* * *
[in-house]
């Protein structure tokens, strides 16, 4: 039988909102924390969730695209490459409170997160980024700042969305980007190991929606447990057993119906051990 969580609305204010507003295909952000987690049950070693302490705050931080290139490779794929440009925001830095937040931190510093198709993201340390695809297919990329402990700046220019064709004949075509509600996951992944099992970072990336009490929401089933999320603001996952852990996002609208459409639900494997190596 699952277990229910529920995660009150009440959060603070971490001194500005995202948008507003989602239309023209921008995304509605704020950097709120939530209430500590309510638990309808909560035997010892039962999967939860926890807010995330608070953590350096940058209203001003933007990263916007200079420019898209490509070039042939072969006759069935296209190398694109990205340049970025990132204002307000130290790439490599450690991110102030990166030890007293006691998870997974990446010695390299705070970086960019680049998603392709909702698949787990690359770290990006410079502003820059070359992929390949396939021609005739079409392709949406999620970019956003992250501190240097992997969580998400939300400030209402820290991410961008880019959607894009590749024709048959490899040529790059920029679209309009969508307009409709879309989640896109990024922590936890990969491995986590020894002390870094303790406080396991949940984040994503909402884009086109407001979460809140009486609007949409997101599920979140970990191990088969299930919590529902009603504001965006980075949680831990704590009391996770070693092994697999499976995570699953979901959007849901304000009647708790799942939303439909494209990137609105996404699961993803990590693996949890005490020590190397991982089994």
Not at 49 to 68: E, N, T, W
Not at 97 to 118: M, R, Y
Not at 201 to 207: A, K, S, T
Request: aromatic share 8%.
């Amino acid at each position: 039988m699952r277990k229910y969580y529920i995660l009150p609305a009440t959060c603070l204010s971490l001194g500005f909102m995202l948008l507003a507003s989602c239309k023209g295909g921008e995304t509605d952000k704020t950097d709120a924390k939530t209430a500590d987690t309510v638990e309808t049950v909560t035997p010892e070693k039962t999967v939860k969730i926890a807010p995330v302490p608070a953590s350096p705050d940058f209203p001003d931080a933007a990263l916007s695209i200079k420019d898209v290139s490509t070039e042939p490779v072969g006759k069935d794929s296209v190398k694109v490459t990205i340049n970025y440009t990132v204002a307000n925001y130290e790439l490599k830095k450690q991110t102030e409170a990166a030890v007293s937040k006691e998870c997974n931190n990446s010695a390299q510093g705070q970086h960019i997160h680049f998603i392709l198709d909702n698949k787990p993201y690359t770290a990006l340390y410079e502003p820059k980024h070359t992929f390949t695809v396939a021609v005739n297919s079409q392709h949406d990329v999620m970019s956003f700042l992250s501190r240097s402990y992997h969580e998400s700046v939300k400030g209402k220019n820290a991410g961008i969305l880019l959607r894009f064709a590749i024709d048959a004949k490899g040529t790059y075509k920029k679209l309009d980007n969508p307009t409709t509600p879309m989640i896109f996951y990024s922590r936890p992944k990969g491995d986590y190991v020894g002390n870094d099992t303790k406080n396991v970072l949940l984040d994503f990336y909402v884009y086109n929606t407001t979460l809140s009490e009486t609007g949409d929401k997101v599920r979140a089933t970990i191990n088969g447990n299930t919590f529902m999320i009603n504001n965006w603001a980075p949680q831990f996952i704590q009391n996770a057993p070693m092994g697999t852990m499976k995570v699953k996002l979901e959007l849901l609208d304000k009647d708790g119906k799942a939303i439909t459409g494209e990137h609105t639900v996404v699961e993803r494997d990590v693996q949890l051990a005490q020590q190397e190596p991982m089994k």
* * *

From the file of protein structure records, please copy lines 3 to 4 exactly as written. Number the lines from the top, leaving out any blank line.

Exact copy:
Not at 49 to 68: E, N, T, W
Not at 97 to 118: M, R, Y